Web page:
Hepatic Veno-Occlusive Disease (HVOD) — Current literature suggests that high busulfan area under the plasma concentration verses time curve values (greater than 1,500 µM•min) may be associated with an increased risk of developing HVOD. Patients who have received prior radiation therapy, greater than or equal to three or more cycles of chemotherapy, or a prior progenitor cell transplant may be at an increased risk of developing HVOD with the recommended busulfan injection dose and regimen. The incidence of HVOD reported in the literature from the randomized, controlled trials was 7.7% to 12%. Monitor serum transaminase, alkaline phosphatase and bilirubin through BMT Day +28.

Embryo-fetal Toxicity — Busulfan injection and the solvent DMA can cause fetal harm when administered to a pregnant woman based on animal data. Advise pregnant women of the potential risk to a fetus. Advise females and males of reproductive potential to use effective contraception during and after treatment with busulfan injection.

Cardiac Tamponade — Cardiac tamponade has been reported in pediatric patients with thalassemia who received high doses of oral busulfan and cyclophosphamide as the preparatory regimen for hematopoietic progenitor cell transplantation. Six of the eight children died and two were saved by rapid pericardiocentesis. Abdominal pain and vomiting preceded the tamponade in most patients.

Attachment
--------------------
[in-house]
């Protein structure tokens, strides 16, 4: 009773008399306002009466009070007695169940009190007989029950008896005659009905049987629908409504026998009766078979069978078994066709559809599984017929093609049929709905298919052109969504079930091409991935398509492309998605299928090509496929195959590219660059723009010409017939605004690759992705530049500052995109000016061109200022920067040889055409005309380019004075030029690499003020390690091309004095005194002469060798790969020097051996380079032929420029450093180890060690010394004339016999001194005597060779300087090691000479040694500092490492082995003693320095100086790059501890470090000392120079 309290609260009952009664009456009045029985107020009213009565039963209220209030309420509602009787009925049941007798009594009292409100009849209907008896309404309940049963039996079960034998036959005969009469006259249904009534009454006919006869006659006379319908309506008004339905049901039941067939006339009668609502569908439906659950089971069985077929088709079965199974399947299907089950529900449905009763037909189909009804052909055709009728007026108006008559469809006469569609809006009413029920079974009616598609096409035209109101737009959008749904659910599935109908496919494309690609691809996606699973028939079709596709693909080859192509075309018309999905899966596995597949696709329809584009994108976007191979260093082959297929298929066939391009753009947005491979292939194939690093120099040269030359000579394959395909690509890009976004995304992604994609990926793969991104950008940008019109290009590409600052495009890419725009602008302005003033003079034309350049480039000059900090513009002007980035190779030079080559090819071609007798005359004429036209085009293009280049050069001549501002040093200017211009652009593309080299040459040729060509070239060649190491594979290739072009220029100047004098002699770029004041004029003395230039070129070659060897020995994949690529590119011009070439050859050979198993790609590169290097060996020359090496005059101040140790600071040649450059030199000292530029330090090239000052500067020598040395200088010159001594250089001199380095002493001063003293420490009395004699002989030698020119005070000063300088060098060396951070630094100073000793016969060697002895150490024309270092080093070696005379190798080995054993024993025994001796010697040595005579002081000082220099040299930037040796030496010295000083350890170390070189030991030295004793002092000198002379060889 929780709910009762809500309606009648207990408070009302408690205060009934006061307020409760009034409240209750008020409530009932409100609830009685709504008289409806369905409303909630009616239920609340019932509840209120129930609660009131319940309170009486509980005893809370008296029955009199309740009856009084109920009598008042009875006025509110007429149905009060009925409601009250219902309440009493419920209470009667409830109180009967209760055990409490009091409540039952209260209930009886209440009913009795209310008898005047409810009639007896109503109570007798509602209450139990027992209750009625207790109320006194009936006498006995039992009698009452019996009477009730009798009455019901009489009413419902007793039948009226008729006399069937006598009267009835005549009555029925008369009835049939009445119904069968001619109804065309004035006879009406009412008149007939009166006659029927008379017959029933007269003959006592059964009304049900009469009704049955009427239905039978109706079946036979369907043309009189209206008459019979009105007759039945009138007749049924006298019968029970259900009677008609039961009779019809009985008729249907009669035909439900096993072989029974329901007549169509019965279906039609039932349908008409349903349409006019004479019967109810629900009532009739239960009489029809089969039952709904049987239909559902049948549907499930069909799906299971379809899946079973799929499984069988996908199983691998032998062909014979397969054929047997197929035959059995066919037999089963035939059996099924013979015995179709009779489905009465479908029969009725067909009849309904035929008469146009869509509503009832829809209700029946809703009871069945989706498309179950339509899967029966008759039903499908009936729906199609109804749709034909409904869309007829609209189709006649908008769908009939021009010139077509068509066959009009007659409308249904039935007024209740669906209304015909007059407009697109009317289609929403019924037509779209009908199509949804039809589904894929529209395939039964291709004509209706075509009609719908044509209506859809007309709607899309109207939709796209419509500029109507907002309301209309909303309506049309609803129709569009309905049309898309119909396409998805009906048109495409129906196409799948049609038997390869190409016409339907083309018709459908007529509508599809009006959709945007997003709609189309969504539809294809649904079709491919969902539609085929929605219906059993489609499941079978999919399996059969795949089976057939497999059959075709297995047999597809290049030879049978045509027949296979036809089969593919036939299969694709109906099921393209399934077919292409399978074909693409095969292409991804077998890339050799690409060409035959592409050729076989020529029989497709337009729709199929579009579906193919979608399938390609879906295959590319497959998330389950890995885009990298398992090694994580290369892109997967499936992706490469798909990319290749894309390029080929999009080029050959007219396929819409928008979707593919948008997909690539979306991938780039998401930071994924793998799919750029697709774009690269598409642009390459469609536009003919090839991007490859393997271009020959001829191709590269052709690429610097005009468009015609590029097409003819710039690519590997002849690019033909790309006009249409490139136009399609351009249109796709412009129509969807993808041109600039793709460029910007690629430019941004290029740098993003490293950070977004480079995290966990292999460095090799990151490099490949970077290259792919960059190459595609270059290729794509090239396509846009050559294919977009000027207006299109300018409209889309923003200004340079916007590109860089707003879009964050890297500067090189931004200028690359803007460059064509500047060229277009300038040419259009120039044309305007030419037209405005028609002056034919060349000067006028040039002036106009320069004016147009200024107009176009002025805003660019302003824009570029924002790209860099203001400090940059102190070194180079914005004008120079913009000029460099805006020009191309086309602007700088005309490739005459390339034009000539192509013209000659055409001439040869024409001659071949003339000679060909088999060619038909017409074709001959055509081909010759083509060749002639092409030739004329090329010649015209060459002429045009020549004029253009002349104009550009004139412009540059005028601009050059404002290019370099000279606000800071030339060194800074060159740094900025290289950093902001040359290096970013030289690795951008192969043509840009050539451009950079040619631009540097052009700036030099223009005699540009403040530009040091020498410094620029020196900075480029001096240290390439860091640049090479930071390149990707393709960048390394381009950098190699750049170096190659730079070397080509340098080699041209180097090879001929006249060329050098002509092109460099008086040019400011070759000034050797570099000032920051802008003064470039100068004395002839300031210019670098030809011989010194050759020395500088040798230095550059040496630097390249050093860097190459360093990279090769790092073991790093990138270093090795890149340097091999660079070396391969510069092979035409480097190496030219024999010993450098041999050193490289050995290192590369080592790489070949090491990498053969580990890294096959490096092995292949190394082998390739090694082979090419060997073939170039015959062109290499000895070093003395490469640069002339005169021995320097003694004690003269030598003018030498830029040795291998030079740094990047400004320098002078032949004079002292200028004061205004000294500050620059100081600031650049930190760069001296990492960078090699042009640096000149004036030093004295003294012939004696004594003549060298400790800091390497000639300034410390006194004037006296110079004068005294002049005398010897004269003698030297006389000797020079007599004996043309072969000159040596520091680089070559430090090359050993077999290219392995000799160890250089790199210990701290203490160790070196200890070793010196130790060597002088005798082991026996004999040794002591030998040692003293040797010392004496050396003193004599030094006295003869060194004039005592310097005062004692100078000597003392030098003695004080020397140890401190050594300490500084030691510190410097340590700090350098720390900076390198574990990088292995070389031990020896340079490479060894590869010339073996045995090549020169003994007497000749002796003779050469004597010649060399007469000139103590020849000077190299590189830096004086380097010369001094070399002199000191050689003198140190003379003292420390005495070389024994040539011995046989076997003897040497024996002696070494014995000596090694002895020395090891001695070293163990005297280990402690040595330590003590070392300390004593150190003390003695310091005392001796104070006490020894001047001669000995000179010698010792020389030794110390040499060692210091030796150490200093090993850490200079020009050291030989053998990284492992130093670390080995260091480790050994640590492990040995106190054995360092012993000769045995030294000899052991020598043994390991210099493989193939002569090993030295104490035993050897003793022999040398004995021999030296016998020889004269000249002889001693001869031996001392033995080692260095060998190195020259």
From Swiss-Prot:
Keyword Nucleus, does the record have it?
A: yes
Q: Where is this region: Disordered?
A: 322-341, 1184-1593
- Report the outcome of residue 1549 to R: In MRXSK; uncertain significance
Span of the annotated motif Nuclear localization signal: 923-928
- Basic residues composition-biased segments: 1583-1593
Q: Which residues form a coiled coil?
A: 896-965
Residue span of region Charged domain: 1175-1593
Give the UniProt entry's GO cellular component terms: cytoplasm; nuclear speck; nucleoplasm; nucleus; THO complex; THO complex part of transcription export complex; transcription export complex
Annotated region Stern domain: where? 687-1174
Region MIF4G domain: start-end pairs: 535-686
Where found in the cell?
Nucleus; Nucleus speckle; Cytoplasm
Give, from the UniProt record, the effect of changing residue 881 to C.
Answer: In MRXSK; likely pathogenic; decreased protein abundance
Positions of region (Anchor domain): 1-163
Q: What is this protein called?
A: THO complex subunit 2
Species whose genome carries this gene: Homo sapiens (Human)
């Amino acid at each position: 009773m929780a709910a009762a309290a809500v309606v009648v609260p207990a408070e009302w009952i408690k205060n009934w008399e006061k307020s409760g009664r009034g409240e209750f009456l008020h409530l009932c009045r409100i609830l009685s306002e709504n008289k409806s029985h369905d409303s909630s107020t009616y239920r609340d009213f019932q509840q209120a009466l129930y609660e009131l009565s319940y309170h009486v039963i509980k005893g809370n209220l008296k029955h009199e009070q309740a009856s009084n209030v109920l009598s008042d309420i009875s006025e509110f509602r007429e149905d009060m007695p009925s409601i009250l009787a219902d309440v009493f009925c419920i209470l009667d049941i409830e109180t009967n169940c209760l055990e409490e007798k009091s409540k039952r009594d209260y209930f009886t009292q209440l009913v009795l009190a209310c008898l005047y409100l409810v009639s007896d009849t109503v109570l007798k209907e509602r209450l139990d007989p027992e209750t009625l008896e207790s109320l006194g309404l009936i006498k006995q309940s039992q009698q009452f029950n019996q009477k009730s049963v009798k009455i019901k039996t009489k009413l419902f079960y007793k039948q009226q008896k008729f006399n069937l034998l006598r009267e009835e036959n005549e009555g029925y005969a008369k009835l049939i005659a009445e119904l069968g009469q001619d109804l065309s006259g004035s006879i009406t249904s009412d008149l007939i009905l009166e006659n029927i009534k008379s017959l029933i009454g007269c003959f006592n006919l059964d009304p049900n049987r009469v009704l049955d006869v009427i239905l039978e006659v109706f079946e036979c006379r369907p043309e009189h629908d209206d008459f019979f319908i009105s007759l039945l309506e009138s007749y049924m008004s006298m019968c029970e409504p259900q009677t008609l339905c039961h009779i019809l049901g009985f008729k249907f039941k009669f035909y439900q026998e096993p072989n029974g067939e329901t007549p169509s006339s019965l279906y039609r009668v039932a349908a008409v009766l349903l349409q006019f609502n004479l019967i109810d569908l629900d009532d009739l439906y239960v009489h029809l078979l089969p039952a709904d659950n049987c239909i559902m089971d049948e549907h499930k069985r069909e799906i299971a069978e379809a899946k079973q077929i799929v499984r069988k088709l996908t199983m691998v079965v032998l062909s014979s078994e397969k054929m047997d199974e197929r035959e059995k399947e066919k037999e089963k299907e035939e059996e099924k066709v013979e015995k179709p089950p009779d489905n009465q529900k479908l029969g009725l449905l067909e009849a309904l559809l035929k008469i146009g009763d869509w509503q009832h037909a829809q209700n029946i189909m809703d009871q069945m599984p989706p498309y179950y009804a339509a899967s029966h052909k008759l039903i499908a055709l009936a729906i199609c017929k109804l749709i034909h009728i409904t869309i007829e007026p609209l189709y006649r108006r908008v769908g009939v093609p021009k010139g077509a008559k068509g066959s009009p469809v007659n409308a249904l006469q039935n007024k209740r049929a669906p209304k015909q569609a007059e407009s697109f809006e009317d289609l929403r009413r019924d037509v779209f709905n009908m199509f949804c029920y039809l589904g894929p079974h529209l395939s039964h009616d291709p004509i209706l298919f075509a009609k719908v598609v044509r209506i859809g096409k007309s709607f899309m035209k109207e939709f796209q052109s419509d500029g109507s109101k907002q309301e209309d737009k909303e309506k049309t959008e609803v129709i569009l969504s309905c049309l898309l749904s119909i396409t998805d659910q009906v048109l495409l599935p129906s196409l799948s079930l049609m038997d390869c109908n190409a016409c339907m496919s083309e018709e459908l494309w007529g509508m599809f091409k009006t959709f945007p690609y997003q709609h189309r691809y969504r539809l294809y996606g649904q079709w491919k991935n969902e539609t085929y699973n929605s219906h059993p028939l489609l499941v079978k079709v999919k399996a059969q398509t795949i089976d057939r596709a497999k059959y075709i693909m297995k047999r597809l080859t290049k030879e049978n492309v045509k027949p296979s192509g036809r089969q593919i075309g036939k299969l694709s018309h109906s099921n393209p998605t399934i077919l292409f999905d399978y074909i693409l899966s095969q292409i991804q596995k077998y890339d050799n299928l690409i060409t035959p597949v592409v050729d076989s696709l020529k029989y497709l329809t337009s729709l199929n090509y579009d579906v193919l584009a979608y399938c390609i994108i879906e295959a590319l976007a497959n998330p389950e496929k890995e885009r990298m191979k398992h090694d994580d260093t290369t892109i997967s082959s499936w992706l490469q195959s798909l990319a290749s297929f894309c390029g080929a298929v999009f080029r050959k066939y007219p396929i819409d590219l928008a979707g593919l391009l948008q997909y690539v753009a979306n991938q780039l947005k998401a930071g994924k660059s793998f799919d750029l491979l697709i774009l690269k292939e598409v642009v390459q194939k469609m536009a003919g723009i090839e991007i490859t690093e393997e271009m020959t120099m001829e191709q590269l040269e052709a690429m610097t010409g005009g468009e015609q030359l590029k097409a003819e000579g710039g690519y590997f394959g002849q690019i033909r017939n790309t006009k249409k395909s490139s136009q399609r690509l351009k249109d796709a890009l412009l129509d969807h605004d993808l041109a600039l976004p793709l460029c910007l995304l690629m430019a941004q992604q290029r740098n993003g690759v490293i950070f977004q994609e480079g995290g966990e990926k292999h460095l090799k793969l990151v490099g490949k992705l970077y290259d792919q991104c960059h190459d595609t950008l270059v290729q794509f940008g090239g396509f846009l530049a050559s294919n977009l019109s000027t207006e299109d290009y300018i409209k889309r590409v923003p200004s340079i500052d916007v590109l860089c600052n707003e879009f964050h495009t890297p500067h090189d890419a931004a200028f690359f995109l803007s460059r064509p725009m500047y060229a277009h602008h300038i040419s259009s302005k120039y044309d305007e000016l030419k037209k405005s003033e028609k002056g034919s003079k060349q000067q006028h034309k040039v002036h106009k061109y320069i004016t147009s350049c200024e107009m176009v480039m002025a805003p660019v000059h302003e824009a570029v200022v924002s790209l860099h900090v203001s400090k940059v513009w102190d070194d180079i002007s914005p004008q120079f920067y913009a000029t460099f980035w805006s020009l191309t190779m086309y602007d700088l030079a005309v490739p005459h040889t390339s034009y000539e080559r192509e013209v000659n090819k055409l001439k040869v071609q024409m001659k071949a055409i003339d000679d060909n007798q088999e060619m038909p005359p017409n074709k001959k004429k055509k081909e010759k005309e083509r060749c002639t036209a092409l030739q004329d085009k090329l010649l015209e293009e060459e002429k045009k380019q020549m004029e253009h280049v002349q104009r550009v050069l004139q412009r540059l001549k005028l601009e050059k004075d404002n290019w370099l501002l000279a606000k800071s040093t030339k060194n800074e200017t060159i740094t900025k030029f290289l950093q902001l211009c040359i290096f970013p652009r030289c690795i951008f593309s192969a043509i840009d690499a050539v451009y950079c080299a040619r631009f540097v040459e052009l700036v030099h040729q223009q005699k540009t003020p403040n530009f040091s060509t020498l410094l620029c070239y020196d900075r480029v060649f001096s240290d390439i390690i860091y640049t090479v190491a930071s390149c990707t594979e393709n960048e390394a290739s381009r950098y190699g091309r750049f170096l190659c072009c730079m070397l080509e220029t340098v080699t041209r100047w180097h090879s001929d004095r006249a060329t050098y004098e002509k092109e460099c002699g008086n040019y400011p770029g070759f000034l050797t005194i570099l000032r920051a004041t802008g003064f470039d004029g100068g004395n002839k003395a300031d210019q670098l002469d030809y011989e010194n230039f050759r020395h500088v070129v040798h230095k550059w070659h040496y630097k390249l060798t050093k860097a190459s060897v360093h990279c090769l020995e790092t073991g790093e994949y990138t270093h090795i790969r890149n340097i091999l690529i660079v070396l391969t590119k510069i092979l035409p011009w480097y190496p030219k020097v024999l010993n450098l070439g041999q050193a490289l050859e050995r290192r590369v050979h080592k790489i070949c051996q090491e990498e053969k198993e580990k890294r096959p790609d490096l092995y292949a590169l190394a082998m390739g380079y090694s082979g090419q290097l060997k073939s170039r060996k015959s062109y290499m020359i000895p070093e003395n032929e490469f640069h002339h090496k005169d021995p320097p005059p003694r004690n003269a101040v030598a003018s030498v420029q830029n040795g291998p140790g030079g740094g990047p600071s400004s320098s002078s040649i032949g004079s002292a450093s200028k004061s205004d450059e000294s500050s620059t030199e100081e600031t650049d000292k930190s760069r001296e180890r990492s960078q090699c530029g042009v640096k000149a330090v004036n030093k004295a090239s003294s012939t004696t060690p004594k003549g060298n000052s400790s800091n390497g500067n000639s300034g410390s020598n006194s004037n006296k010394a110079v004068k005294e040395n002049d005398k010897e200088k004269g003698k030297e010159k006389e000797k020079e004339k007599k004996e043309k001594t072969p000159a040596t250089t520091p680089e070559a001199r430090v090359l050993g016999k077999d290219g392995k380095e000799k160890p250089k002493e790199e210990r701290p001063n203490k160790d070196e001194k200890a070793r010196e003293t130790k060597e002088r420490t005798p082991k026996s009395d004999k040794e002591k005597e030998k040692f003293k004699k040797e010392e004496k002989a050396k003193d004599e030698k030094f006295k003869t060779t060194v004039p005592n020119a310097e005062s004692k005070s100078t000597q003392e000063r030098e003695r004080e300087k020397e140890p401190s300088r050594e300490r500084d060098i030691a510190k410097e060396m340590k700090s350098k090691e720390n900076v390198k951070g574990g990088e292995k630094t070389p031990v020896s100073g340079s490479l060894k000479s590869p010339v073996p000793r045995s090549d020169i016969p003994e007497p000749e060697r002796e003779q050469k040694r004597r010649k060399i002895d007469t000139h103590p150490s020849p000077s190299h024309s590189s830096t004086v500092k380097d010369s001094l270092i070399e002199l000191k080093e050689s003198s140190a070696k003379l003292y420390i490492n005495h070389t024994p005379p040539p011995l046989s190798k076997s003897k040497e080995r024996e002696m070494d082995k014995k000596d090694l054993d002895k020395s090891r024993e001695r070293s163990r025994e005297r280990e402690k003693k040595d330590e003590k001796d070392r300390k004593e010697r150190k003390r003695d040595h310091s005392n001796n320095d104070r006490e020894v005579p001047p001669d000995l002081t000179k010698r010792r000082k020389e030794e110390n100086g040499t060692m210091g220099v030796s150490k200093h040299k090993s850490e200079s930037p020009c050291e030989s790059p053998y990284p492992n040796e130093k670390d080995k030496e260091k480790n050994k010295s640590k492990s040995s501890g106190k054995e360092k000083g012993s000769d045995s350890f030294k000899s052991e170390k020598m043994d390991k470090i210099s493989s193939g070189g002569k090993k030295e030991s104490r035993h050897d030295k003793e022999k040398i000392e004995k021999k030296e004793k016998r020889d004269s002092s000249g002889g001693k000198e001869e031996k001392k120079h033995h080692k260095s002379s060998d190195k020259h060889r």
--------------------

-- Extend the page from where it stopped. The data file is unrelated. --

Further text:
Bronchopulmonary Dysplasia — Bronchopulmonary dysplasia with pulmonary fibrosis is a rare but serious complication follow chronic busulfan therapy.

Cellular Dysplasia — Busulfan may cause cellular dysplasia in many organs. This cytologic dysplasia may be severe enough to cause difficulty in the interpretation of exfoliative cytologic examinations of the lungs, bladder, breast and the uterine cervix.


The following adverse reactions are discussed in more detail in other sections of the labeling: Myelosuppresson, seizures, HVOD, embryo-fetal toxicity, cardiac tamponade, bronchopulmonary dysplasia and cellular dysplasia.

Below is a summary of the Incidence (greater than or equal to 20%) of Non-Hematologic Adverse Reactions through BMT Day +28 in patients treated with Busulfan Injection prior to allogeneic hematopoietic cell transplantation. (Includes all reported adverse reactions regardless of severity — toxicity grades 1 to 4.)

  • BODY AS A WHOLE — Fever 80%; Headache 69%; Asthenia 51%; Chills 46%; Pain 44%; Edema General 28%; Allergic Reaction 26%; Chest Pain 26%; Inflammation at Injection Site 25%; Back Pain 23%
  • CARDIOVASCULAR SYSTEM — Tachycardia 44%; Hypertension 36%; Thrombosis 33%; Vasodilation 25%